Part of being a sportswriter is no longer being a real sports fan. It becomes work: easy work, fun work, but still work. When the curtain gets pulled back, a bit of the shine can be taken off the teams and the players you grew up rooting for. It can make you a hardened cynic pretty quickly.

So instead of rooting hard for, say, the teams of my childhood, my loyalties these days lean more toward the coaches I most like, the programs that are most welcoming, the players whose stories are most inspirational.

Which is why I spent much of the first month of Big East conference play extremely frustrated with -- yet remaining extremely hopeful about -- St. John's.

This summer I traveled for a week with the Red Storm as they toured France, Italy and Spain for a basketball-slash-educational trip. I got to know everyone in the basketball program. I found head coach Steve Lavin to be one of the most incessantly positive and intellectual coaches I've met. I fell hard for certain players: De'Angelo Harrison and his tale of redemption after being kicked off the team last season; JaKarr Sampson and his obvious joy at being on a basketball court; Sir'Dominic Pointer and his Victor Oladipo-like motor; and point guard Rysheed Jordan, who has weathered all sorts of adversity his freshman year, from his best friend back home getting shot and killed while Jordan was on the Europe trip to his grandfather and mother taking ill during the season.

All of this is a preamble to me saying why, even after St. John'€™s started conference play 0-5, I still held out hope (perhaps irrational, perhaps not) that the Red Storm could turn the season around and maybe, just maybe, make the NCAA tournament. I thought Lavin's talented guys could suddenly figure things out and tear off a 10-game winning streak. I saw them as a group that could get hot in March and get into the NCAA tournament by winning the Big East tournament. Since I watched this team start to gel this summer, I have always seen St. John'€™s basketball as full of tantalizing possibilities.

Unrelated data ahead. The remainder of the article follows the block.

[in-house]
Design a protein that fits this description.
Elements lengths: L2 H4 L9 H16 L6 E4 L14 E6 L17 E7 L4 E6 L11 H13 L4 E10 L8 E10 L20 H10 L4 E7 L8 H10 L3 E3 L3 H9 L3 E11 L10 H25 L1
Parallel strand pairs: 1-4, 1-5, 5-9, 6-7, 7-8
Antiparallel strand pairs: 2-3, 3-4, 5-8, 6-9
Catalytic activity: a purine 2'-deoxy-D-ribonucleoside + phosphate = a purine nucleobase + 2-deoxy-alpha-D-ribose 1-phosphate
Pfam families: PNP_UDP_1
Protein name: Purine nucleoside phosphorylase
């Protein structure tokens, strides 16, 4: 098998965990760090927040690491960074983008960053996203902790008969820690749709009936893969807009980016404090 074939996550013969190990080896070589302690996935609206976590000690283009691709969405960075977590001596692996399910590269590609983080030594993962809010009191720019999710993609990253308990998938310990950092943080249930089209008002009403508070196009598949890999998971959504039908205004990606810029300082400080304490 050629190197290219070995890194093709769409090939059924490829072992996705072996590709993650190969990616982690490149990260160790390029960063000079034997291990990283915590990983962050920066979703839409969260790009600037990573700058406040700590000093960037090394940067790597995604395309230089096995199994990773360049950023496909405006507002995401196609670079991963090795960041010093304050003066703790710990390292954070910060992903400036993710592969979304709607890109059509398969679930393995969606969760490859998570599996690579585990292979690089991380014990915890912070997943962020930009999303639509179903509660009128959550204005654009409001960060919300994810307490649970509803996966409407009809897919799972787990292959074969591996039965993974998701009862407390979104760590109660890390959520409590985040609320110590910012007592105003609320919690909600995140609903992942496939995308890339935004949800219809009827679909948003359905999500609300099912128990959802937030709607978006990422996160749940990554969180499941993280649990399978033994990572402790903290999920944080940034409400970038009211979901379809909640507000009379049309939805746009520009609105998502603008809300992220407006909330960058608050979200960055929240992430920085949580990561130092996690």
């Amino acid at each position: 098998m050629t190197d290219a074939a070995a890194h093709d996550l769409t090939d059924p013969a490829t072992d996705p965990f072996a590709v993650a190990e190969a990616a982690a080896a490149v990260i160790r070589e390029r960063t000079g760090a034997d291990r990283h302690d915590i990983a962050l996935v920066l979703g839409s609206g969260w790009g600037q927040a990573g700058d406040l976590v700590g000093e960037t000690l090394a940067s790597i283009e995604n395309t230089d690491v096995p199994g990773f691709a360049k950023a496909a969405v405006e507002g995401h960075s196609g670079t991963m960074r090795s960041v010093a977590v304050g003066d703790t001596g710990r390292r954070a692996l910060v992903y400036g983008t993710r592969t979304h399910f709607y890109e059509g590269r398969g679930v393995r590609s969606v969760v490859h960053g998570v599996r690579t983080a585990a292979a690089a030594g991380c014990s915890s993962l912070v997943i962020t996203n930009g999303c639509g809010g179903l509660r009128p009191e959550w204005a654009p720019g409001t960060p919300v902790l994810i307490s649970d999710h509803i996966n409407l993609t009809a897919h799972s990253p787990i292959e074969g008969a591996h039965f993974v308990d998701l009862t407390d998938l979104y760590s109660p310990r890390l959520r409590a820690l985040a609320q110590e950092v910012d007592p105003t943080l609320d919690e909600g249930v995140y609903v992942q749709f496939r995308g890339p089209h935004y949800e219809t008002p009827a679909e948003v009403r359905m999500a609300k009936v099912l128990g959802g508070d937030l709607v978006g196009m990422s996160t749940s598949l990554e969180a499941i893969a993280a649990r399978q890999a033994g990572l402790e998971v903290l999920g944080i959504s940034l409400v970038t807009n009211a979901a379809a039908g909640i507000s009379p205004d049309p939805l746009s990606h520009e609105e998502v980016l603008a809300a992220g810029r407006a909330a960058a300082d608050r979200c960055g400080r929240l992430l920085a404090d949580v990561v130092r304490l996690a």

And sure enough, since that stumbling start, St. John'€™s seems to finally be putting things together, winning five of its past six games leading into Sunday night'€™s rematch with Creighton on Fox Sports 1. Beat Creighton, the No. 12 team in the country, and my irrational love affair with this team will look a lot more rational.

You might hear of others starting to fall for this team, too.

Lavin has said all along that he thought St. John's, which last season was one of the least experienced teams in college basketball, would hit its stride in late January or early February. He was right.

I spent some time with Lavin recently after the best win of the Red Storm's season so far, a 15-point blowout of Marquette at Madison Square Garden. He spoke about the "school of hard knocks" that St. John's has been through this season. It battled until the end against now-No. 1 Syracuse in December. Four of its five Big East losses have been heartbreakers, including a rally from 18 down to tie the game against Creighton -- only to lose on a Doug McDermott fall-away 3-pointer with 2.5 seconds left.

St. John's also has had some impressive wins lately, including the largest margin of victory over Butler at Hinkle Fieldhouse in two decades and back-to-back thumpings of Marquette and Providence.

"I had a feeling this would be a team that would gel by late January or early February," Lavin said. "All those games (the close losses) were for the taking, and we didn'€™t get them.